Large and seemingly unlikely political changes will have to take place before November in order to avoid a momentous catastrophe in the Balkans. The primary threat to the region is posed by the prospect that war in Bosnia-Herzegovina will continue into the winter, cutting off many thousands from humanitarian aid, and leaving them to die from cold, starvation, and illness. This threat, moreover, is compounded by a number of secondary conflicts and problems which must receive urgent attention in order to prevent regional conflict from breaking out of its bloody Bosnian prison and causing havoc first in Croatia and then in what is left of Yugoslavia—i.e., in Serbia and Montenegro.
The rejection of the Owen-Stoltenberg peace plan by the Bosnian parliament on September 29 appeared to bury the possibility that an unjust but necessary peace settlement would be made. Only by accepting the plan could the Bosnians have set in motion the huge aid program needed during the coming winter to sustain the civilian population of all three communities, but the urban Muslims above all.
At the beginning of October, President Izetbegovic was expected to address the United Nations General Assembly, giving rise to faint hopes that a compromise may yet be reached; but most observers remained skeptical. When confronted with the prospect of winter, Izetbegovic said that “it will be very difficult but I think we will be able to survive it.” Not all ministers in his government agree. In Sarajevo I was told by Hussein Ahmovic, Bosnia-Herzegovina’s minister of food distribution, that “unless we get massive humanitarian help this winter, Bosnia is set to suffer a catastrophe of unimaginable proportions.” Mr. Ahmovic explained that although last winter was unexpectedly mild, most trees in districts under government control were cut down to provide heat. Housing has been depleted by some 70 percent while the people of Sarajevo have already burnt most of their books to keep warm. Food stocks are only 10 percent of those available at this time last year. Doctors in Sarajevo have recently reported an outbreak of a hepatitis epidemic with over four hundred cases recorded in the city. The local authorities have appealed for the airlift of one hundred tons of rat poison, because the cities of Sarajevo, Zenica, and Tuzla are now infested by vermin. Perhaps most telling of all, according to Mr. Ahmovic, the average loss of weight of citizens throughout Bosnia-Herzegovina since the beginning of the war in April 1992 has been twenty kilograms—forty-four pounds.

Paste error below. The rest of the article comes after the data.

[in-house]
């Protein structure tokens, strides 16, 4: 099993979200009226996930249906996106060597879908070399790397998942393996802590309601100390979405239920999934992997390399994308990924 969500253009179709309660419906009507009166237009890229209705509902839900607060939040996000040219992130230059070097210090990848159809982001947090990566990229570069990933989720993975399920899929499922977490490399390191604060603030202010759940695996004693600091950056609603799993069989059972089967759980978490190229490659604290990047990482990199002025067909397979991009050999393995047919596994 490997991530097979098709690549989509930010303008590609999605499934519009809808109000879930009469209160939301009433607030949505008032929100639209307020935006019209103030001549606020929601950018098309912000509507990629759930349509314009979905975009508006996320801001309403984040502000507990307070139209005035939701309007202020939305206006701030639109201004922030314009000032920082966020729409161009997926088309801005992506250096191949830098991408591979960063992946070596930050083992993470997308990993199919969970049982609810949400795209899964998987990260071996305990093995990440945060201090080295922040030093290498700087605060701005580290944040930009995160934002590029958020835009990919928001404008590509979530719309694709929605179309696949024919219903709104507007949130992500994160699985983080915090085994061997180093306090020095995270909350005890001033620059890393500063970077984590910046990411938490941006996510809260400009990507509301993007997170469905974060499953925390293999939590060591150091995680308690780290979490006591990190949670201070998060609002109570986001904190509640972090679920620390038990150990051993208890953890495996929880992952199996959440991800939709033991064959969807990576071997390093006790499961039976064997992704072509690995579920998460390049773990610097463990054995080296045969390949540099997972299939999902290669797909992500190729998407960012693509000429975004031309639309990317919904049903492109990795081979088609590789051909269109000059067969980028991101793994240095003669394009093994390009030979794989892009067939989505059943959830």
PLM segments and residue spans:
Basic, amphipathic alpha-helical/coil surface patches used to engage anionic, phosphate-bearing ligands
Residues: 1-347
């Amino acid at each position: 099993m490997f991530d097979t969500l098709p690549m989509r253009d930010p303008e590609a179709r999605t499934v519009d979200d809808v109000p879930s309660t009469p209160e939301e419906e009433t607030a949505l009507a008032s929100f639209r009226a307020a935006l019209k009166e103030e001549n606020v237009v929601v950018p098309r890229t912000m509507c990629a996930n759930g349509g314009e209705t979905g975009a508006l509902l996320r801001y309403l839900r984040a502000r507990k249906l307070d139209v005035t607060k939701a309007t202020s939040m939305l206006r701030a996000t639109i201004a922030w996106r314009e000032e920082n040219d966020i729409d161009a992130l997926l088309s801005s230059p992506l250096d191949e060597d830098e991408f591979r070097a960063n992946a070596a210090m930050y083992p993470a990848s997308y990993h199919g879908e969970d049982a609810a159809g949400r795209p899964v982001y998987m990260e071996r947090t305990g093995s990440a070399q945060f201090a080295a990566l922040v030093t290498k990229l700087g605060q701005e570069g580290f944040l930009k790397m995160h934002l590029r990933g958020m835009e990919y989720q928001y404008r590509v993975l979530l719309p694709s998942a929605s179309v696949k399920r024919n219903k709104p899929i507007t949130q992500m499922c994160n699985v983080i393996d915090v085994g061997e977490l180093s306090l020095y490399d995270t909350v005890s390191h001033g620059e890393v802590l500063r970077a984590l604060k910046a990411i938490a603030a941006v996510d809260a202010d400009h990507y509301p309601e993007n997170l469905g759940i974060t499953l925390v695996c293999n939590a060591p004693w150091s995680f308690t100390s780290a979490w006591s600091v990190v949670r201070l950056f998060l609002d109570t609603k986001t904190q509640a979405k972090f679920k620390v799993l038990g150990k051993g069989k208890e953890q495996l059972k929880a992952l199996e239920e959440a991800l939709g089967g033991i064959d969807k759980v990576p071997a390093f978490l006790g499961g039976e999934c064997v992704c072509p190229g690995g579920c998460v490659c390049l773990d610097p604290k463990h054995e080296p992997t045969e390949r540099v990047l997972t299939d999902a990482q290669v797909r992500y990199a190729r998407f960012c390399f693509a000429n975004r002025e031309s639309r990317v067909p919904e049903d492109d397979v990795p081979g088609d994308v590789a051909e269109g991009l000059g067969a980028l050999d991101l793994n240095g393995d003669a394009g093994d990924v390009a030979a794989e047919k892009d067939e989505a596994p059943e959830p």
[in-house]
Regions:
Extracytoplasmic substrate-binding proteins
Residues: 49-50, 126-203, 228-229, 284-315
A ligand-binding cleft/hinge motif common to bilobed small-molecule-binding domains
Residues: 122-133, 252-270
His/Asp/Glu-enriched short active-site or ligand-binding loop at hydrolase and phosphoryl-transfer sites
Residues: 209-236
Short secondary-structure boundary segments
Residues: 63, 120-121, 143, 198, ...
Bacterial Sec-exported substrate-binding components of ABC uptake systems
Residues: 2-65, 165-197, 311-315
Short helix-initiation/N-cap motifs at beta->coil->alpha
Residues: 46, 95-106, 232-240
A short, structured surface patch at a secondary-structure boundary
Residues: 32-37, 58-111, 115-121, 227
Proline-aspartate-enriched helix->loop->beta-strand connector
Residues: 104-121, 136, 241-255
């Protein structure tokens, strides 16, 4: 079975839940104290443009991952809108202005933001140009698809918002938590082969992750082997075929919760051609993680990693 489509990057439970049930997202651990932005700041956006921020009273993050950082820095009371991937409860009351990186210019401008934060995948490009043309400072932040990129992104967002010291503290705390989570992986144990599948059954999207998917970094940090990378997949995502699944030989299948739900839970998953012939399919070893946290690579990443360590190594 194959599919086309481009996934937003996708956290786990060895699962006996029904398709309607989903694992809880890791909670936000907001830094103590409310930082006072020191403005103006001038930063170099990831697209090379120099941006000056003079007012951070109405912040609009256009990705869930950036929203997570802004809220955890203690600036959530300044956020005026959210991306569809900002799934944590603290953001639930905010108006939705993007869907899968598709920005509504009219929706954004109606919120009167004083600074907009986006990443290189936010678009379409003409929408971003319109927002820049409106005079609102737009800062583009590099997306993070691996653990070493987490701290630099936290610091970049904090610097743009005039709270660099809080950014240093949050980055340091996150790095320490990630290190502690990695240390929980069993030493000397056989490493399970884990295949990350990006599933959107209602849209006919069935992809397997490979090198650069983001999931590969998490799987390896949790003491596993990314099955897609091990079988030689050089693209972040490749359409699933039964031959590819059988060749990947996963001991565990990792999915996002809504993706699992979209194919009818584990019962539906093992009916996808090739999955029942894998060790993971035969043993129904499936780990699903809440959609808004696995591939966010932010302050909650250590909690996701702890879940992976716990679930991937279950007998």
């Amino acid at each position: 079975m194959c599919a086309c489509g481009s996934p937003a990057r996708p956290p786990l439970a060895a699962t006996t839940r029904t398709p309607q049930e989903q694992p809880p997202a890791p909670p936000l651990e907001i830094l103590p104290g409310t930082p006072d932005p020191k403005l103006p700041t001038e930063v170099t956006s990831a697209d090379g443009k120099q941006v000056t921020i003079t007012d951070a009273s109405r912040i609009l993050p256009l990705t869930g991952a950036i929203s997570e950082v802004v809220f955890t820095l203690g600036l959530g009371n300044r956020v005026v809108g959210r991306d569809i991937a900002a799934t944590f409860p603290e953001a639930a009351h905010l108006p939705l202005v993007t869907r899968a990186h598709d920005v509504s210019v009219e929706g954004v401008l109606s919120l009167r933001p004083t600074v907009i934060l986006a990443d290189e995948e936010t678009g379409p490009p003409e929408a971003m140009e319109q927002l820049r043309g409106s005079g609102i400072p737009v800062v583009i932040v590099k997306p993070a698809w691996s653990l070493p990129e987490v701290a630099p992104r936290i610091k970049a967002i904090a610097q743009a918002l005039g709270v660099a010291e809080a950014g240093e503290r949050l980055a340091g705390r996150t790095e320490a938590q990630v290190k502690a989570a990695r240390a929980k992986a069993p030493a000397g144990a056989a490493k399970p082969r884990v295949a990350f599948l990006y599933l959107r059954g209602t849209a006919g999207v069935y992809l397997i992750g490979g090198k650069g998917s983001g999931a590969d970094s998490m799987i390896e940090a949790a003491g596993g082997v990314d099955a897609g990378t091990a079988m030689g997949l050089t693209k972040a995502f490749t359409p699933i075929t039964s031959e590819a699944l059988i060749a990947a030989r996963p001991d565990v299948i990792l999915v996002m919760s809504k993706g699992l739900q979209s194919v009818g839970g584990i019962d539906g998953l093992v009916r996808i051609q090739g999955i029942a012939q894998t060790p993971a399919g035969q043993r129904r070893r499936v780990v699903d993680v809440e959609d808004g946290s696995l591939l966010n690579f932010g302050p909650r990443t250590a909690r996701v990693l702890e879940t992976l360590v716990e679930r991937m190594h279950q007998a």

Sarajevo’s plight, however, is modest compared with the desperate conditions elsewhere in the republic. Each day 35,000 Muslims seek protection from hundreds of Croat shells which land in the eastern part of Mostar. These people are living in “a sub-stone age society,” as one aid worker described it; and their compatriots who are surrounded by Serb forces in the eastern Bosnian enclaves of Srebenica, Zepa, and Gorazde are little better off. The United Nations’ High Commission for Refugees in Sarajevo has issued an urgent appeal to allow aid to be delivered to the Muslim population of the Maglaj-Tesanj region, which is under joint attack by Serb and Croat forces. According to amateur radio reports, people there are already starving.
In addition, large parts of the remaining civilian Croat population of central Bosnia are cut off from aid deliveries or are subject to a brutal campaign of atrocities and “ethnic cleansing” which is being carried out by members of the Bosnian Army’s Sixth Corpus. On September 14, UN troops found the victims of one particularly bestial massacre of twenty-nine Croat civilians (all, except for one fourteen-year-old girl, pensioners who died either in their beds or while trying to hide from Muslim forces). Altogether more than one hundred innocent Croats died during the fighting in the region on the preceding day. The UN has confirmed the deaths of several hundred Croat civilians in Central Bosnia as the Muslim offensive has gained momentum over the past two months. The human rights commissioner appointed by the Security Council, Tadeusz Mazowiecki, has already published details of atrocities committed by Croat forces on Muslims earlier this year.